The entire 3’-untranslated region (UTR) of the MET and the full length of HULC gene were cloned into the psiCHECKTM-2-vector (Promega, Madison, WI, USA) at a site immediately downstream of the Renilla luciferase gene. The mutations in the 3′-UTR and HULC binding sites were generated with the Quick Change Site-Directed Mutagenesis kit (Stratagene, CA, USA). About 1 × 105 cells/well were seeded into 24-well plates for 24 h before transfection. Cells were cotransfected with 50 ng of the psiCHECKTM-2-vector and 50 nM of the miR-2052 or mimic-NC using Lipofectamine 2000 (Invitrogen). Cell lysates were prepared using Passive Lysis Buffer (Promega) 48 h after transfection, and luciferase activity was measured using the Dual-Luciferase Reporter Assay (Promega). Experiments were repeated three times.
Cells were lysed with RIPA buffer containing a protease inhibitor cocktail (Roche) on ice for 30 min. Cell lysates were quantified using a BCA Protein Assay Kit (Promega) and equal amounts (20 μg/lane) of protein were analyzed by 10% SDS-PAGE and transfer to polyvinylidene fluoride membranes (Roche). The membranes were blocked with 5% non-fat milk at 37 °C for 1 h and were incubated with primary antibodies at 4 °C overnight. Subsequently, the membranes were incubated with HRP-conjugated goat anti-rabbit or goat anti-mouse immunoglobulin G secondary antibodies (Jackson ImmunoResearch Laboratories) for at 37 °C for 1 h. Finally, the enhanced chemiluminescence detection system (Bio-Rad Laboratories) was used for visualization. Image Lab™ 4.0 software (Bio-Rad Laboratories) was used to semi-quantify blots. MET antibody was purchased from CST (#8198; Cell Signaling Technology, USA).
Tumor xenografts were fixed in 4% neutral formalin at room temperature for 24 h, embedded in paraffin and cut into 4 μm sections. The sections were then deparaffinized in xylene, rehydrated in a graded alcohol series and treated with boiling 0.01 mol/l citrate buffer for 15 min for antigen retrieval. Endogenous peroxidase activity was blocked with hydrogen peroxide (0.3%) at room temperature for 15 min, and the sections were incubated with 5% bovine serum albumin (R&D Systems, Minneapolis, MN, USA) at 37 °C for 45 min to reduce non-specific binding. Immunostaining with MET antibody (#8198; Cell Signaling Technology) or Ki-67 (ab15580; Abcam, Cambridge, UK) were carried out at 4 °C for 16 h, followed by incubation with a horseradish peroxidase (HRP) -conjugated secondary antibody from the Envision kit (Dako; Agilent Technologies, Inc., Santa Clara, CA, USA) for 45 min at room temperature. Antibody binding was detected by DAB (Dako; Agilent Technologies, Inc.), according to manufacturer's protocol, at room temperature for 1 min and the reaction was terminated by immersion of tissue sections in distilled water once brown staining appeared. Tissue sections were counterstained with 1% hematoxylin at room temperature for 3 min and dehydrated in a graded series of ethanol. Images of representative fields were obtained from Nikon Digital ECLIPSE C1 microscope (Nikon Corporation).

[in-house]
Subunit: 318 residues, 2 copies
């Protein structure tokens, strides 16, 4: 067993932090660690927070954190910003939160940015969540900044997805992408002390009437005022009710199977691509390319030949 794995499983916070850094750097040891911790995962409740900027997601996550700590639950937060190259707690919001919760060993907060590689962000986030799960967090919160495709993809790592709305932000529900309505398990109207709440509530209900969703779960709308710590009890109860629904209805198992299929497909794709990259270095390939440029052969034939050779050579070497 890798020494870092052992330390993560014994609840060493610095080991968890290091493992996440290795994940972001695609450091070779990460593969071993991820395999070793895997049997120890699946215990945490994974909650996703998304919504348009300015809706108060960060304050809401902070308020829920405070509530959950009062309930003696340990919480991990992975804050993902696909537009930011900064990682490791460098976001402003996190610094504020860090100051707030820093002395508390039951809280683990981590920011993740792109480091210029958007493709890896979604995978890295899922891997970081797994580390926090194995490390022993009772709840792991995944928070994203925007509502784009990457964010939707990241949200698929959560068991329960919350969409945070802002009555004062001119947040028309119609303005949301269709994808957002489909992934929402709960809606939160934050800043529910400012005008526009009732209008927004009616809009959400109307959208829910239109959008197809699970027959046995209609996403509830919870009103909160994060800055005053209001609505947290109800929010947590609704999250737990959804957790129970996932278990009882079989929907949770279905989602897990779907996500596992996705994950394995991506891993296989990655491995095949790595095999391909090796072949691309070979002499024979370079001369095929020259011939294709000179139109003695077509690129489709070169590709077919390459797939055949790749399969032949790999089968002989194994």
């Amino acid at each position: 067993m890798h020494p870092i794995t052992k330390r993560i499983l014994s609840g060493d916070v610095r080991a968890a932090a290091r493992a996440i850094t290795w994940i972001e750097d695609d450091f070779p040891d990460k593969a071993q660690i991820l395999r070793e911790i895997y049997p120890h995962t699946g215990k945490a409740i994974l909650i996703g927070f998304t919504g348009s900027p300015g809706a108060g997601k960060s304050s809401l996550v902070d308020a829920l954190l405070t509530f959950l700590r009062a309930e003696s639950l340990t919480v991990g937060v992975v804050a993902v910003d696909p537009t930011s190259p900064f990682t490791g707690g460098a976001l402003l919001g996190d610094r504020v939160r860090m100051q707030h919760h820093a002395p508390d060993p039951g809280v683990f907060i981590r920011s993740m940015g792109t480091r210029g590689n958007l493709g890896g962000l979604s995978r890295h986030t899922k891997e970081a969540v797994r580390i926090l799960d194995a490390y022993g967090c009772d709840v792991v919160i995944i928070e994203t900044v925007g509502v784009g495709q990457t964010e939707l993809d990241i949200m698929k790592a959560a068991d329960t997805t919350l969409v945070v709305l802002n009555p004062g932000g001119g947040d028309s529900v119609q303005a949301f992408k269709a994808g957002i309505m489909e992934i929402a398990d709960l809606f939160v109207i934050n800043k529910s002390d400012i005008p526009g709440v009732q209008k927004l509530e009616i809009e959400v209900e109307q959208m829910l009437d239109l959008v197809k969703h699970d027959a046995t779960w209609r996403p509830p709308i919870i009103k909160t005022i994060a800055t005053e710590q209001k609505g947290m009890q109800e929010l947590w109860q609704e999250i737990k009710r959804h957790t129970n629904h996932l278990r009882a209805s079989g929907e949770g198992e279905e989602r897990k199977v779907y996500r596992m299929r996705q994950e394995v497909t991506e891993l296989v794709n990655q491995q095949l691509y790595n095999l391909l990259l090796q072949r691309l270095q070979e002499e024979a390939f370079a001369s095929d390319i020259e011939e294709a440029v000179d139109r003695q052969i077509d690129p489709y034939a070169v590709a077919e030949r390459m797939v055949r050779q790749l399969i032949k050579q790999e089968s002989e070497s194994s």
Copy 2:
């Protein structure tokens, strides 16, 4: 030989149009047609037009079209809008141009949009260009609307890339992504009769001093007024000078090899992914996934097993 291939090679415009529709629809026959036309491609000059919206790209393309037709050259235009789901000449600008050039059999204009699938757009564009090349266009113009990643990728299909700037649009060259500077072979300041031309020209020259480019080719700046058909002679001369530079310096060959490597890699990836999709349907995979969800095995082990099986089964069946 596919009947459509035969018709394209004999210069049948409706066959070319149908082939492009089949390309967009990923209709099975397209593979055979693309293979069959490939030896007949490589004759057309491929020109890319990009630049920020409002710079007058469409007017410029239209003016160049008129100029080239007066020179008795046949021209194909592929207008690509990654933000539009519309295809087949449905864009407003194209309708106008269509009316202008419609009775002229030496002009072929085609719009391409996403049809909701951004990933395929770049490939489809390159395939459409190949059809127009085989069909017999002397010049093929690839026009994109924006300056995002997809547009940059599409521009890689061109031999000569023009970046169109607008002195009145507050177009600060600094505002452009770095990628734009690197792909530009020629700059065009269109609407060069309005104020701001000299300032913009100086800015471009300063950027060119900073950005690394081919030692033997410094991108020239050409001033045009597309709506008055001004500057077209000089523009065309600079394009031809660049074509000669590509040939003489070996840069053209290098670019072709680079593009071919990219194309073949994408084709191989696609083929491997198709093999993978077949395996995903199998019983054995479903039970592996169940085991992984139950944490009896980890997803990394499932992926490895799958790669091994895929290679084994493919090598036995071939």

Xenograft mouse model
A total of 20 male BALB/c nude mice (5-week old) were divided into four groups (NC, miR-2052 and VEC, HULC). Then, 2 x 106 logarithmically growing HLF cells stably expressing NC, miR-2052, VEC, and HULC were subcutaneously injected into nude mice. After 5 weeks, the nude mice were killed, and the tumor tissues were stripped and weighed. Tumor volume was calculated using the formula: V (mm3) = 0.5 x L (mm) x W2 (mm2). Total RNA and protein were extracted from the tissues, and the expression of HULC, miR-2052, and MET was measured by qPCR or WB.
All statistical analyses were performed using SPSS 21.0 statistical software. Data were compared using Student’s two-tailed test. Data are represented as the mean ±SEM. Analysis of variance (ANOVA) was performed to determine statistically significant differences. A value of P < 0.05 was considered statistically significant, *, P< 0.05; **, P< 0.01; ***, P< 0.001.
LncRNAs: long noncoding RNAs; ceRNA: competing endogenous RNA; IgG: immunoglobulin G; qPCR: quantitative real-time polymerase chain reaction; miRNA: microRNA; SDS-PAGE: sodium dodecyl sulfate-polyacrylamide gel electrophoresis; HE: hematoxylin-eosin.
Hongwei Zhang, Zhibin Liao and Xuewu Zhang designed the experiments, analyzed data, and wrote the article; Furong Liu, Chen Su, Yani Li, Ran Tao, He Zhu, carried out the experiments; Huifang Liang, Bixiang Zhang participated in the study design and coordination and helped to draft the manuscript.
Conflicts of Interest
The authors declare that they have no competing interests.
This work was supported by grants from the Project Funded by China Postdoctoral Science Foundation (No. 2018M632829), the National Natural Science Foundation of China (Nos. 81572855, 81572427, 81874189, and 30973498), and the State Key Project on Infection Diseases of China (No. 2018ZX10723204-003).